CONTROVERSIAL average-speed cameras on the A9 have cut the number of speeders on the notorious road, according to the first figures published since they were installed.
Transport chiefs claim they have been vindicated in the decision to introduce the cameras in a bid to cut deaths on the road – dubbed the most dangerous in Scotland.
A total of 298 vehicles were caught exceeding the speed limit since they came into operation on 28 October last year, compared to 2,493 in the same period of 2013.
The figures also revealed the number of drivers traced travelling at more than 10mph above the limit had fallen 97 per cent.
The findings, published by the A9 Safety Group, which includes government agency Transport Scotland, said overall speeding was down from around one in three drivers to one in 20.
There has been no fatalities on the sections where the cameras are in operation.
The £3 million system comprises 100 cameras on 80 miles of single carriageway sections between Inverness and Dunblane. A pilot project was also launched permitting HGVs to drive at 50mph rather than 40mph.
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Transport Scotland’s Stewart Leggett, chairman of the A9 Safety Group, said: “Drivers are clearly paying heed and moderating their speed.
“All the early findings on speed, journey time and journey time reliability are in line with our predictions, while traffic volumes on the A9 are remaining higher than in 2013, with no evidence of drivers diverting on to other routes.
“The low number of drivers being detected by the cameras and the speed profiles from along the route indicate the early effectiveness of the cameras in improving behaviour.”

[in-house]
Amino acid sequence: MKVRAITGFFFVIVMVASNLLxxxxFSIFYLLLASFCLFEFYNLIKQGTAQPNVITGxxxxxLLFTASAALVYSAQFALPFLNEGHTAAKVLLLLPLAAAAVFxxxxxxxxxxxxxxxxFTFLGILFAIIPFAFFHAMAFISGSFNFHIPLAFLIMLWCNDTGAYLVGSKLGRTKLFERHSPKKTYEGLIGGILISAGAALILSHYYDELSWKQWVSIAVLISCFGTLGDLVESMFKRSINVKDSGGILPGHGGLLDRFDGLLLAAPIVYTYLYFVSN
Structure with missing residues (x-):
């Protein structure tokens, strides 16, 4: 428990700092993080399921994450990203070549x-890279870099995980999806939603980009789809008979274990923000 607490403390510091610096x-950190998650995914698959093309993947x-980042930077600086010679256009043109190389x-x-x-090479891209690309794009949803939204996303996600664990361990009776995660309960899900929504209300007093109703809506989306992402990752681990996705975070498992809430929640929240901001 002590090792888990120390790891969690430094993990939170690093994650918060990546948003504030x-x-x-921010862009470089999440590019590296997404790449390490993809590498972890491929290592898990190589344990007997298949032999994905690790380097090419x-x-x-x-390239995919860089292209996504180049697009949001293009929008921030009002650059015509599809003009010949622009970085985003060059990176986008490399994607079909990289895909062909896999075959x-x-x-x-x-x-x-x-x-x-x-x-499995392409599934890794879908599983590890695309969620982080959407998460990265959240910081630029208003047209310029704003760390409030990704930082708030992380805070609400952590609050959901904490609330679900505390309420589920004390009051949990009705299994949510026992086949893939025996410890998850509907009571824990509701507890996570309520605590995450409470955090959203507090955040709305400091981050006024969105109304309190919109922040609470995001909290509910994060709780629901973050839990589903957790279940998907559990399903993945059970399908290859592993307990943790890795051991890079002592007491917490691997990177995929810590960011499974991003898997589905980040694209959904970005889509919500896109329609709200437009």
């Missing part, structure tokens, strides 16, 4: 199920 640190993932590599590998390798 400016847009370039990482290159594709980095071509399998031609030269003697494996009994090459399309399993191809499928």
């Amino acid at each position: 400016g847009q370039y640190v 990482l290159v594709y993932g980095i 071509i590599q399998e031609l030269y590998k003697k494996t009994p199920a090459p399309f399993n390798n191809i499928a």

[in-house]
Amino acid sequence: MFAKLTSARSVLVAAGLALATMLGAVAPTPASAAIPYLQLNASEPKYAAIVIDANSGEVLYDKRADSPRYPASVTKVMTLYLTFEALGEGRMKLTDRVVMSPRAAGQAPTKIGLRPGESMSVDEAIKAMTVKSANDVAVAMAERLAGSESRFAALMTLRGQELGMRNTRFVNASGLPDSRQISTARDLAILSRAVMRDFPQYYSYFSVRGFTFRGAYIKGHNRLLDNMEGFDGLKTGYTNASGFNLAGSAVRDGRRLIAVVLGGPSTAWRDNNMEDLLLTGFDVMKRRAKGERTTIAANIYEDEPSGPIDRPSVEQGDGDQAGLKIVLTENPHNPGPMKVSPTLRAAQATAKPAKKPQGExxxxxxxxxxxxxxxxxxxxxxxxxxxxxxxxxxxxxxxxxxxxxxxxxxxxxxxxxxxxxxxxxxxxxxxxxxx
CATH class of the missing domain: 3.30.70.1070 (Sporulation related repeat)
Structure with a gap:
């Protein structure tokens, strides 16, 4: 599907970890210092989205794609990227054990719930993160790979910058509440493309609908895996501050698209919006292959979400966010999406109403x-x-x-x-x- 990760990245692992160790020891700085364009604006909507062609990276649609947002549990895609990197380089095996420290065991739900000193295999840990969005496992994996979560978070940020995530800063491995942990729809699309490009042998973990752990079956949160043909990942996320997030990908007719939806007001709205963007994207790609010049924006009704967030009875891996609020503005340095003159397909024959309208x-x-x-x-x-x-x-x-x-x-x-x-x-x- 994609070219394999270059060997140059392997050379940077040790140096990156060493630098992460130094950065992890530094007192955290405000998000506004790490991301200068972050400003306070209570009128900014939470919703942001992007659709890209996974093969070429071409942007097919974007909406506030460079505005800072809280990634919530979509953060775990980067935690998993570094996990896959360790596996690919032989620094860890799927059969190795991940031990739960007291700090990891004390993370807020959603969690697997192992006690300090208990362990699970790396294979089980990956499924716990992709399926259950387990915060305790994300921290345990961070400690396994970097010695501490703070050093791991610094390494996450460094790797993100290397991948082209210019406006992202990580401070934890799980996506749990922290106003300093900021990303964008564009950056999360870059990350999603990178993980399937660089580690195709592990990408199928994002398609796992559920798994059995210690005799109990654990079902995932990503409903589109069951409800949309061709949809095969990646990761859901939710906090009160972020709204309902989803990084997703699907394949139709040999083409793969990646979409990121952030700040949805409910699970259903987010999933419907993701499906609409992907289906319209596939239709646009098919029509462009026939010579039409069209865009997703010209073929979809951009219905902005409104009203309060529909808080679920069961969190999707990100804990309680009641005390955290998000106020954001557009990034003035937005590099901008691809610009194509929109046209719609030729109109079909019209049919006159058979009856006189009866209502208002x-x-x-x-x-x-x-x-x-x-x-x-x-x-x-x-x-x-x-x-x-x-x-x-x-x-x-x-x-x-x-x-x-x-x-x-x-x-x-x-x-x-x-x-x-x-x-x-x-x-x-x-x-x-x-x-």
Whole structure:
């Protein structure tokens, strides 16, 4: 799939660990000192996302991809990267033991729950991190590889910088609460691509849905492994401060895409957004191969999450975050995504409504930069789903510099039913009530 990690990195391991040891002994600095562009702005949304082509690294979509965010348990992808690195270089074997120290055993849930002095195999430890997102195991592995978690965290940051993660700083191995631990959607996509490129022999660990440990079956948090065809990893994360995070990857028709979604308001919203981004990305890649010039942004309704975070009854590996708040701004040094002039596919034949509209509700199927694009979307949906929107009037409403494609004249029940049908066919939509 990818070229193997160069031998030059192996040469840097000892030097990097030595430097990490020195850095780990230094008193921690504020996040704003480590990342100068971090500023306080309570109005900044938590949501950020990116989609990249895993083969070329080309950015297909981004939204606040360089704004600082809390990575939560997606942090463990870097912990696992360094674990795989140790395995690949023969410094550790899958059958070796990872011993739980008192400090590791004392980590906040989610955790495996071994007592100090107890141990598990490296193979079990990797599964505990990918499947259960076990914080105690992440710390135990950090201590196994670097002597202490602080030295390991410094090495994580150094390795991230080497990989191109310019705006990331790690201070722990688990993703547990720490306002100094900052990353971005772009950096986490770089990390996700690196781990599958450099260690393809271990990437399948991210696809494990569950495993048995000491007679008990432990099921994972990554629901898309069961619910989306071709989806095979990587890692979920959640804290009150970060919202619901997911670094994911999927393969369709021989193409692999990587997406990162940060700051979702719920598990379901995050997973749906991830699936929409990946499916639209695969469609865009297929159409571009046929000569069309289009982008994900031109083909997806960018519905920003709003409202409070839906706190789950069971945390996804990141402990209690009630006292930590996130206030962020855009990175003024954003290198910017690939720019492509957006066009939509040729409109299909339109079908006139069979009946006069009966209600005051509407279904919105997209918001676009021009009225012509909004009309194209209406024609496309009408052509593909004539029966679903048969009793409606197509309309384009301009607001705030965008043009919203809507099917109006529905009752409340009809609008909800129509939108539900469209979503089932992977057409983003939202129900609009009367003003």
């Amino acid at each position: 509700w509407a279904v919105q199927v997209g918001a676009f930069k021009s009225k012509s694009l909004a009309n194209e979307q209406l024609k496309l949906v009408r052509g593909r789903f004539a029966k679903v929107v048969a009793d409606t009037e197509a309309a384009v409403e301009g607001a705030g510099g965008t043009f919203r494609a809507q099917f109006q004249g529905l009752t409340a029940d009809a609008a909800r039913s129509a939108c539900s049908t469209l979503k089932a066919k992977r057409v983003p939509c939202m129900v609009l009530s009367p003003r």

The figures have been welcomed by politicians, Police Scotland, Road Safety Scotland and the Road Haulage Association.Chief Superintendent Iain Murray, head of road policing, said: “This is an encouraging start. In the first three months of operation we have seen a more than eight-fold decrease in the number of people caught speeding. It is clear that the cameras are changing driver behaviour.”
Martin Reid of the Road Haulage Association said the majority of their members had noticed improvements since the speed limits for HGVs was increased.
He added: “Almost universally our members report that the flow of traffic is much improved and that journey times if anything can be slightly shorter.”
David Stewart, the Shadow Transport Minister, said: “This massive decrease in the number of motorists speeding on the A9 is clearly welcome news.
“The trial increase in HGV speed looks as if it has helped to reduce journey times and more importantly has reduced driver frustration for those travelling behind lorries, which could often lead to dangerous overtaking.”
Anti-camera campaigner Mike Burns, of the group A9 Average Speed Cameras are Not the Answer, said: “Opinion varies on what the effect is.
“You now have vehicles travelling in convoy on a single carriageway, but when people move on to a dual carriageway, as one driver described it, it’s like champagne corks popping out of bottles because people are putting their foot down to get past the queue s because they’re frustrated.
“The cameras don’t solve the problem of the A9.”